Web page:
Self-deprecating humor: Crutch or comedy?

Self-Deprecating HumorSAMANTHA FORD/THE REVIEW
Kantor believes that when used for the wrong reasons, self-deprecating humor can be “unhealthy” and slow personal growth.

BY
Column Editor

Asking any comedian or lover of comedy how they feel about self-deprecating humor leaves one with a confusing array of answers, most ranging from vehement opposition to enthusiastic acceptance.

For whatever reason, self-deprecating humor has become a controversial topic within the world of comedy: some see it as a crutch for the comedians’ insecurities, whereas others see it as a hilarious, self-aware technique. The consensus on whether or not self-deprecating humor is a crutch or a form of comedy essentially boils down to personal preference.

For Katherine Holden, a senior studying mass communications, self-deprecating humor has always been a staple. Holden, who has been doing stand-up comedy since her freshman year, believes that self-deprecating humor is a “genuine comedic form.”

“It’s one of those things that’s a staple of comedy,” Holden says. “It makes the audience more comfortable if you make fun of yourself before.”

On the contrary, Ari Kantor, a freshman who is a mass communications interest major, does not share Holden’s enthusiasm and belief in self-deprecating humor. Instead, Kantor, who is a member of an on-campus improv group, The Rubber Chickens, has lukewarm feelings toward the comedic form.

Kantor notes that using self-deprecating humor in improv is almost unheard of. According to him, self-deprecating humor does not fit with the structure of improv.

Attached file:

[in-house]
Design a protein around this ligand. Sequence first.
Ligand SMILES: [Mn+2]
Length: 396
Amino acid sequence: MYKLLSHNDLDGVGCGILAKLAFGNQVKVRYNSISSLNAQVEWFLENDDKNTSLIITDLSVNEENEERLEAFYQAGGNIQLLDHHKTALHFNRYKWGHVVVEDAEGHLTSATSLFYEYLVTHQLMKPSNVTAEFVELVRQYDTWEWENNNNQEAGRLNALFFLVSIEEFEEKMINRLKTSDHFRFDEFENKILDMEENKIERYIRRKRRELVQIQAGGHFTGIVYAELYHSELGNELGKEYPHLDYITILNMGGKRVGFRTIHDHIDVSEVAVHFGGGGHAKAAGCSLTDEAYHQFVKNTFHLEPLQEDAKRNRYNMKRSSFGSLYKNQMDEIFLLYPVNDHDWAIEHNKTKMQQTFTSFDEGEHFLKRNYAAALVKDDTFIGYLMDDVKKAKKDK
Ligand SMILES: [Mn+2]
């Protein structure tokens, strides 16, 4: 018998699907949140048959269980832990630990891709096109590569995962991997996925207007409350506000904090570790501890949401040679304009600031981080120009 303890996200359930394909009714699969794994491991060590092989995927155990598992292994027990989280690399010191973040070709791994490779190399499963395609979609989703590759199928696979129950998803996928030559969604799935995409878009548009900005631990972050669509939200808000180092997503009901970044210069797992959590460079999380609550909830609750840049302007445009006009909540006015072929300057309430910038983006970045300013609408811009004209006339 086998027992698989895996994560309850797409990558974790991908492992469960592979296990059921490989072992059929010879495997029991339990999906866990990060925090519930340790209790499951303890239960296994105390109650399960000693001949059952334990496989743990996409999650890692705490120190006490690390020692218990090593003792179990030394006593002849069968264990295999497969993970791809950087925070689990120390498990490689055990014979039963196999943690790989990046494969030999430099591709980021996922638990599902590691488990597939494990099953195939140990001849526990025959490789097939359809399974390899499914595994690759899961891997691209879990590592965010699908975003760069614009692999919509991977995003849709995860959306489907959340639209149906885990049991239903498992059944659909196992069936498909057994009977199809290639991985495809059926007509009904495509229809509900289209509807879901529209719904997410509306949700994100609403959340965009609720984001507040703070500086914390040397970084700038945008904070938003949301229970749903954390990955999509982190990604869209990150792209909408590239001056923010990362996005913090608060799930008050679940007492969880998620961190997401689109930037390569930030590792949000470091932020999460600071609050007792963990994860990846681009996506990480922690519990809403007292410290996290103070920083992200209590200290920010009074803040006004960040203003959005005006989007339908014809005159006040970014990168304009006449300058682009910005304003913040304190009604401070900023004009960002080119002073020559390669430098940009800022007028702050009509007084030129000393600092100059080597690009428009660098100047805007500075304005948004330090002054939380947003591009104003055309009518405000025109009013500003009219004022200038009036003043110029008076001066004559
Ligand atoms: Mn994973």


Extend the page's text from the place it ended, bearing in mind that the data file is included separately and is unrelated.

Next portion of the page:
“It sounds cheesy, but improv kind of reflects how we act on a day-to-day basis,” Kantor says. “We act, we justify and we live with whatever happens. A lot of the time, all self-deprecating humor does is emphasize an insecurity. You can’t respond to it.”

Kantor also notes that he has found self-deprecating humor to have a psychological effect on its users. He recalls experiences of being an “edgy tweenager ” and making jokes of his own insecurities before anyone else could make them. According to Kantor, making a joke for the sole purpose of having someone in the audience negate it for you is unhealthy and doesn’t support growth as a person.

However, self-deprecating humor can also be seen by some comedians as a way to relate to their audience. Dan Rosenfield, a junior studying sports management and a member of the on-campus improv group Unfiltered, claims to use self-deprecating humor as a way to gain the trust of the audience.

“I mostly try to touch on things that college kids go through, because that’s my main audience,” Rosenfield says. “I think a lot of the things we joke about is kind of what everyone is going through. That’s what makes the joke work.”

Ultimately, there is no consensus on whether or not self-deprecating humor is simply a crutch for insecurities or a genuine comedic form. However, most comedians agree that it is up to the personal preference of the user and the tasteful execution of self-deprecating jokes.

“If it’s what you like to do, and it makes people laugh, keep doing it,” Rosenfield says. “Try to use is as a motivation to improve yourself instead of getting down in yourself all the time.”

Disclosure: Dan Rosenfield is a Senior Sports Reporter with The Review.

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    Nic Pirhalla 1 year

    What does not being “genuine comedic form” mean? No one in the article even argues for this claim or explains it, just that self deprecating humor doesn’t fit in improv comedy. This article accomplishes nothing after its headline because the two sides of the argument aren’t properly explained and never address each other fully or directly.

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